New Curriculum Seeks To Update Principal Training

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The National Policy Board for Educational Administration last week released a comprehensive program for the preparation of school principals, marking the culmination of three years of research on the knowledge and skills required to lead contemporary schools.

The 570-page document was designed as "a new structure by which to organize the principalship,'' Scott D. Thomson, the executive secretary of the board and the editor of the curriculum, said in an interview.

"This is the only place, that I'm aware of, that you can get a single description of what principals need to know and need to be able to do'' in the 1990's, he said.

The N.P.B.E.A., which was formed in 1988, is made up of 10 major education associations. The board's mission is to develop national standards for administrators and to narrow the "clinical gap'' between theory and practice in preparation programs.

The new curriculum, entitled "Principals for Our Changing Schools: The Knowledge and Skills Base,'' takes as its departure point 21 performance "domains'' identified in 1990 by the National Commission for the Principalship. The domains are the key behaviors, skills, and areas of knowledge that provide the foundation for the principalship. (See Education Week, Dec. 12, 1990.)

The plan released last week was designed by 16 writing teams under the guidance of the N.P.B.E.A. More than 100 principals, professors of education, and private-sector training officials were involved in the effort, which was financed by grants from the Danforth and Geraldine R. Dodge foundations and the Lilly Endowment.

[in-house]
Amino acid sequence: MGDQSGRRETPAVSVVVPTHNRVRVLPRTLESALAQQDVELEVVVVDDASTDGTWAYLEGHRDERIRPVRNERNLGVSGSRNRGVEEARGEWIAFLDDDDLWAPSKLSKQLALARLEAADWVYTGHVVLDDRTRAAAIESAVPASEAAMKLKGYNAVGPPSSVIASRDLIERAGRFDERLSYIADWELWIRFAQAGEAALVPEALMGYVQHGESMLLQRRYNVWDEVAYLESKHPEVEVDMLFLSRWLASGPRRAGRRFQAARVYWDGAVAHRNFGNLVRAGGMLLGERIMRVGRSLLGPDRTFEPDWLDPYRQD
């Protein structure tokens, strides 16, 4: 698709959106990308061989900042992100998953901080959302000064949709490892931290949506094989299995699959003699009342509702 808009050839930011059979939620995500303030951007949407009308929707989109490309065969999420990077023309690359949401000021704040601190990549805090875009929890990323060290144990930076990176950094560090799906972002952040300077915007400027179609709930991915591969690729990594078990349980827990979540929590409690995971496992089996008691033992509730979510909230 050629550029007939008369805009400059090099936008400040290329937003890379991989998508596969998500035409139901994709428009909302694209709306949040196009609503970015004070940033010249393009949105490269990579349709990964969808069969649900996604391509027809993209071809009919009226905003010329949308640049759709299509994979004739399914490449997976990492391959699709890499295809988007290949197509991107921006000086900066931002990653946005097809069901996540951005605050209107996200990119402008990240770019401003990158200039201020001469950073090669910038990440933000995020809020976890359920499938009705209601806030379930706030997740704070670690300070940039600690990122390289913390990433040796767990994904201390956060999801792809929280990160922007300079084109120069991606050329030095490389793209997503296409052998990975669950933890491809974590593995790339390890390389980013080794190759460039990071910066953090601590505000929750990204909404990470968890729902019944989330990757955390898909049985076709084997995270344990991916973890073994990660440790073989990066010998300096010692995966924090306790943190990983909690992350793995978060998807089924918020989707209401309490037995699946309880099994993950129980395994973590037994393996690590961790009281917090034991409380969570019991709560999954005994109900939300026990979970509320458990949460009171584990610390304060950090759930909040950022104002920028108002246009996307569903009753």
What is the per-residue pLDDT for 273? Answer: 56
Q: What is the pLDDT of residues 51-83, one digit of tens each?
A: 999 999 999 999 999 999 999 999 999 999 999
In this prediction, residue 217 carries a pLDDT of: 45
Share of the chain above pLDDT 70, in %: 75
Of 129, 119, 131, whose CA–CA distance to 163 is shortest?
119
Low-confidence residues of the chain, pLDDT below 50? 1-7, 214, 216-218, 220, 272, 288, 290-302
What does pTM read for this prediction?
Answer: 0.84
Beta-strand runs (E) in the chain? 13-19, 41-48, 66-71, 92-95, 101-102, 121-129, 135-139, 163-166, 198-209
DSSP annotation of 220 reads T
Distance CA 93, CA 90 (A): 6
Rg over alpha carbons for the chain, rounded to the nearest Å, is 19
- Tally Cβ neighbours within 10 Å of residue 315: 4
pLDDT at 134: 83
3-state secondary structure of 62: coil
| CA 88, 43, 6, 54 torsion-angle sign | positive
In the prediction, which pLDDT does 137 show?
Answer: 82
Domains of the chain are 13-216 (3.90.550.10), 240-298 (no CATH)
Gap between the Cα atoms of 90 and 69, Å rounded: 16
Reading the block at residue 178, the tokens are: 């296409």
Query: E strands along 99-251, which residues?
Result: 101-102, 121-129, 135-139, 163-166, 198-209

The board is marketing the curriculum to principals' centers and associations, departments of educational leadership, and the superintendents of the nation's largest school districts, Mr. Thomson said. It will also be distributed to the chief state school officers and the governors' education advisers.

"This can be used by school districts for in-service education, by professors to teach, and by licensure bodies to design higher standards,'' Mr. Thomson said.

"They may add to, or subtract from, the package,'' he said, "but it would be a good foundation to work from.''

David Imig, the executive director of the American Association of Colleges for Teacher Education, expressed a similar view.

"What this does is set a template,'' said Mr. Imig, whose group is a member association of the policy board. "It's a set of criteria against which [university departments of educational administration] can measure their own programs.''

Breaking Tradition

The document identifies skills that have not typically been taught in administrator-training programs, according to Mr. Thomson.

"Basically, our argument is that much of the knowledge and skills [principals need] are not taught in traditional programs--instructional skills, interpersonal skills, leadership skills,'' he said. "They are almost entirely overlooked.''

"Today,'' he said, "you have to understand not just what a principal does, but how a principal does it.''

Dramatic changes in the school environment mean that "40 percent to 50 percent of what principals do they probably weren't doing 20 years ago,'' Mr. Thomson suggested. Yet departments of educational administration have been slow to adapt training programs for a new breed of administrator, he said.

"The theoretical models [in education] and the real world have become more and more dissimilar,'' he maintained.

To narrow the gap, the new curriculum encourages practical experience--internships, simulations, clinical instruction, and problem-solving--in preparing school leaders.

"The theoretical model has a place ... but we need more [training] in the school,'' Mr. Thomson argued.